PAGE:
Black Friday—the one day or, as it is now, the string of days—is a make-or-break time for many retailers. The holiday gift-giving season is an enormous opportunity to make up a lot of sales for the entire year, and Black Friday is essentially its launch.
But this opportunity also comes laden with potential pitfalls. Retail Dive looks back to scare up past mistakes—from slow crowd control to outdated mobile capabilities—that retailers would do well to avoid this year.
Mistake: Taking email for granted
While mobile use is growing in leaps and bounds and is becoming a primary marketing channel, old fashioned email, on any device, remains the centerpiece of digital communication. Last year research found that retailers were sending out Black Friday and Cyber Monday emails too late—while the majority of campaigns happened on Thanksgiving Day and Black Friday, open rates were the highest on the Monday and Tuesday before Thanksgiving.
Retailers that don’t leverage email effectively are missing out. That means checking up on deliverability issues, and running email campaigns in a way that doesn’t overwhelm customers to the point of unsubscribing.
Retailers should make sure that they understand all the intricacies of shopping cart abandonment, too, and communicate via email to cover their bases. Shoppers are finding handy ways to use shopping carts as a way to flag their desires, keep options open, and shop around. These behaviors yield data extremely useful to retailers, experts say.
“What consumers are saying is that they see the cart as a tool,” Jim Davidson, head of research for marketing automation provider Bronto Software, told Retail Dive earlier this year. “It really seems to be what they are relying on to make connections across different channels.”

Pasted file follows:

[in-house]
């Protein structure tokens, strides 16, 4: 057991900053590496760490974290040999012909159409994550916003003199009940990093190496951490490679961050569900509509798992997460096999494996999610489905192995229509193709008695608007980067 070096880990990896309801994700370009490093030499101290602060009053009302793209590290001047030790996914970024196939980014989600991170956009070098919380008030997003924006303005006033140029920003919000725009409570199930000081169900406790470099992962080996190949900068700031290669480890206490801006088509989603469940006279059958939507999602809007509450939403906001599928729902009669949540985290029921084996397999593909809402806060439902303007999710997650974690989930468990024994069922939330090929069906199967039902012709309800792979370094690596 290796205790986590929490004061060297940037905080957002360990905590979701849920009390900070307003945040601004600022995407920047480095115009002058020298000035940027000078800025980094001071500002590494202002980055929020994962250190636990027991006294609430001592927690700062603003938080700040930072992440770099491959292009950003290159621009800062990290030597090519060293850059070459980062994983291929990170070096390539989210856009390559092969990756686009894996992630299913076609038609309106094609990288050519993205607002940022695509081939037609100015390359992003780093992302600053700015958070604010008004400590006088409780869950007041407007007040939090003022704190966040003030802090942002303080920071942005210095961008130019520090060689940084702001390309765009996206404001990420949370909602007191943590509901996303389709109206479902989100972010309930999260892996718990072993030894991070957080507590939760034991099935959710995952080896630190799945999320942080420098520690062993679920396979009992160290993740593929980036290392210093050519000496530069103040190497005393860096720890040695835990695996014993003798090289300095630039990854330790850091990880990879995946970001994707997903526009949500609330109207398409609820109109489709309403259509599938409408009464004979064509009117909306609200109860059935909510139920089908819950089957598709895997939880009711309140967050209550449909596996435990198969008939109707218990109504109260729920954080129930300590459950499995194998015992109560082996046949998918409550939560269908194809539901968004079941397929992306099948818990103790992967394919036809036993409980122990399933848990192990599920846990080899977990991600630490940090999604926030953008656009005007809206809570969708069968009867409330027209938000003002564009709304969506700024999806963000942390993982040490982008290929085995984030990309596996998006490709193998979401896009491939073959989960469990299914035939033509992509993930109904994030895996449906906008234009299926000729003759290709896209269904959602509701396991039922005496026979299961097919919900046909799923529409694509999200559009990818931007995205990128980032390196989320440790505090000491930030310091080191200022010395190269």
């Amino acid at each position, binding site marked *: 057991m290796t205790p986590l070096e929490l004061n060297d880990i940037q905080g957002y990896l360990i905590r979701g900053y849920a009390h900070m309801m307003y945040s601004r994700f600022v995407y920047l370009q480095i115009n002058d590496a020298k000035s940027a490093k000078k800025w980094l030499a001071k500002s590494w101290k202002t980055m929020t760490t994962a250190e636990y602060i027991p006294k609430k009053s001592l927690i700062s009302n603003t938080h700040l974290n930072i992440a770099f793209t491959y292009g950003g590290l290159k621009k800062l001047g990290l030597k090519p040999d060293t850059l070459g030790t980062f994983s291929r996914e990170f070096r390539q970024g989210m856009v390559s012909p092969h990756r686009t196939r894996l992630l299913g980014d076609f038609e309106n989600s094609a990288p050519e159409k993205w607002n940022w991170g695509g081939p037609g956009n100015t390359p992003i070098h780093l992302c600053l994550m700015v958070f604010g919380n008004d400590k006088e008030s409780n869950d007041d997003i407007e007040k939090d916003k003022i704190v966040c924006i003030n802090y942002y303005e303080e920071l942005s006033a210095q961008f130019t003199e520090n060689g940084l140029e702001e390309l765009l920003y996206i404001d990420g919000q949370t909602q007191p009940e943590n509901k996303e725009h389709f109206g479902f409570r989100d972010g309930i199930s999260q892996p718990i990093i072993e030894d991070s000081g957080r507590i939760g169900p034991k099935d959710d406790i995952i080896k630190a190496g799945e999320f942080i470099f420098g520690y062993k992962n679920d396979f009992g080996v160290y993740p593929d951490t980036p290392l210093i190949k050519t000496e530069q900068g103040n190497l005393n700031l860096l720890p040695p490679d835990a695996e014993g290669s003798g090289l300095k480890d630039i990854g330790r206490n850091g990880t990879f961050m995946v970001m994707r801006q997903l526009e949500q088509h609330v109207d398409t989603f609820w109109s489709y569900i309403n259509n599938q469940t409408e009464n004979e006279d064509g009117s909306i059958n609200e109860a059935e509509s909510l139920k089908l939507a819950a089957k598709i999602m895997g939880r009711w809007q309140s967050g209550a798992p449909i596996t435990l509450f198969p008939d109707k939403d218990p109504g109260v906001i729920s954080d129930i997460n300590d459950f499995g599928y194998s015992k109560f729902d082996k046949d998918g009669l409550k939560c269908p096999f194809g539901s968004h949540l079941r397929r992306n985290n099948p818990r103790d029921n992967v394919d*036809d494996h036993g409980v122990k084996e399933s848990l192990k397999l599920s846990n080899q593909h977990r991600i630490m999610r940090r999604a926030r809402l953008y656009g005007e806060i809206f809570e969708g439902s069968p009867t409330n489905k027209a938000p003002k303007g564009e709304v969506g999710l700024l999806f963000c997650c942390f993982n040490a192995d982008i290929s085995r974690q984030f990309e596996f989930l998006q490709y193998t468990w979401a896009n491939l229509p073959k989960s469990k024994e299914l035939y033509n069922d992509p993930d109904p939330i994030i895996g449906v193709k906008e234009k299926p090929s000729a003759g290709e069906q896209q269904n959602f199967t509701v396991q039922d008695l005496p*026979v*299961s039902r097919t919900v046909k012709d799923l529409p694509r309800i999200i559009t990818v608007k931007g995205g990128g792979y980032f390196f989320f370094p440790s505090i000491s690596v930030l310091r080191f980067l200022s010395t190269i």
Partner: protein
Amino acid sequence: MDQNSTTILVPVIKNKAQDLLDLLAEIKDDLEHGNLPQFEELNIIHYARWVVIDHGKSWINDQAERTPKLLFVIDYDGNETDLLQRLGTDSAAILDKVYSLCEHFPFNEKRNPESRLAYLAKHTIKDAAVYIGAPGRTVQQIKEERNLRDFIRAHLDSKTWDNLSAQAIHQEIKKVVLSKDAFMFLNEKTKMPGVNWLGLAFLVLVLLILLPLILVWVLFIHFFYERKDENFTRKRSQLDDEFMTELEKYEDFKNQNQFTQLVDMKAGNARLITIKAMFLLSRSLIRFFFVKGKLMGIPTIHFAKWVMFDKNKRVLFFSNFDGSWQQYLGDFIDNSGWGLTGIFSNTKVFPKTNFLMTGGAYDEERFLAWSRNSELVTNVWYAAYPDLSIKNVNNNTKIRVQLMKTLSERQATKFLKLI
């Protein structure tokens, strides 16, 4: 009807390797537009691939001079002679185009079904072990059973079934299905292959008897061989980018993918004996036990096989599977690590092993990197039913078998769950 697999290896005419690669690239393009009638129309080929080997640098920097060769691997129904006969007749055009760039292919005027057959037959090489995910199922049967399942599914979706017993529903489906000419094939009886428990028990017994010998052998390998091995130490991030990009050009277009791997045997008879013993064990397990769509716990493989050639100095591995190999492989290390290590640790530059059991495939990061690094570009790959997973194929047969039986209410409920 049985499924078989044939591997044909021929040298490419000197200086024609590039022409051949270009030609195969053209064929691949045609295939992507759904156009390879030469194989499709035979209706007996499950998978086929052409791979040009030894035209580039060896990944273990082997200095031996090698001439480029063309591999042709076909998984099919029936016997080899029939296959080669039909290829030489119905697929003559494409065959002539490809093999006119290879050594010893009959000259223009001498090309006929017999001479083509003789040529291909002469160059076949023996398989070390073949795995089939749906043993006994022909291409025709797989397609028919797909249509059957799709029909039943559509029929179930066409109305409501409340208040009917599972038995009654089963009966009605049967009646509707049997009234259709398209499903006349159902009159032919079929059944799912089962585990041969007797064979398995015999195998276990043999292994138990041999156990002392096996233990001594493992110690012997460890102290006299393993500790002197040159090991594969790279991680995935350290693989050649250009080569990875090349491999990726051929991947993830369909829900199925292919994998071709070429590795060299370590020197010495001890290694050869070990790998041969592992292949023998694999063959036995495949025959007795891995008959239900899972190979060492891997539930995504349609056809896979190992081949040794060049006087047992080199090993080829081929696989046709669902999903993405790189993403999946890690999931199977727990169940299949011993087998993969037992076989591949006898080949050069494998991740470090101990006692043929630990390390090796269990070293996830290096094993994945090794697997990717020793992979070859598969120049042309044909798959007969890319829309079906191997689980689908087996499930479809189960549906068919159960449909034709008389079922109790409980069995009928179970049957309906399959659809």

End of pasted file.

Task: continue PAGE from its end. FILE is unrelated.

Mistake: Ignoring what the data tells you
And that also means using data from customers’ past purchases to better target and time emails and other messaging. While the rich data that retailers have at their disposal is enabling new levels of personalization, the marketing may be going in the wrong direction.
“What we’ve noticed, and what has been true, is that retailers establish the marketing campaign and then find the people to target,” Anil Kaul, CEO and co-founder of analytics company Absolutdata, told Retail Dive. “While what I believe should be happening is to look at the customers you’re trying to reach, literally create a campaign for each customer, and then aggregate that.”
Emails should reflect customers’ past purchases by suggesting likely additional purchases and not the items already bought. And retail data also holds helpful clues about when customers may be more likely to shop at the holidays. So October emails should be going to early birds, while last-minute offers should be going to the procrastinators.
“You don’t need to send holiday emails to everyone on Dec. 1,” says Kaul. “Based on past history, you can find out which customers plan ahead and which are last-minute. If I have 20% off deals going to customers at the beginning of December, I will have missed the ones who shop at the end of December.”
Mistake: Underestimating Black Friday e-commerce traffic
One of the worst Black Friday blunders of last year was the breakdown of Best Buy’s e-commerce site, which was felled by an unanticipated load from mobile.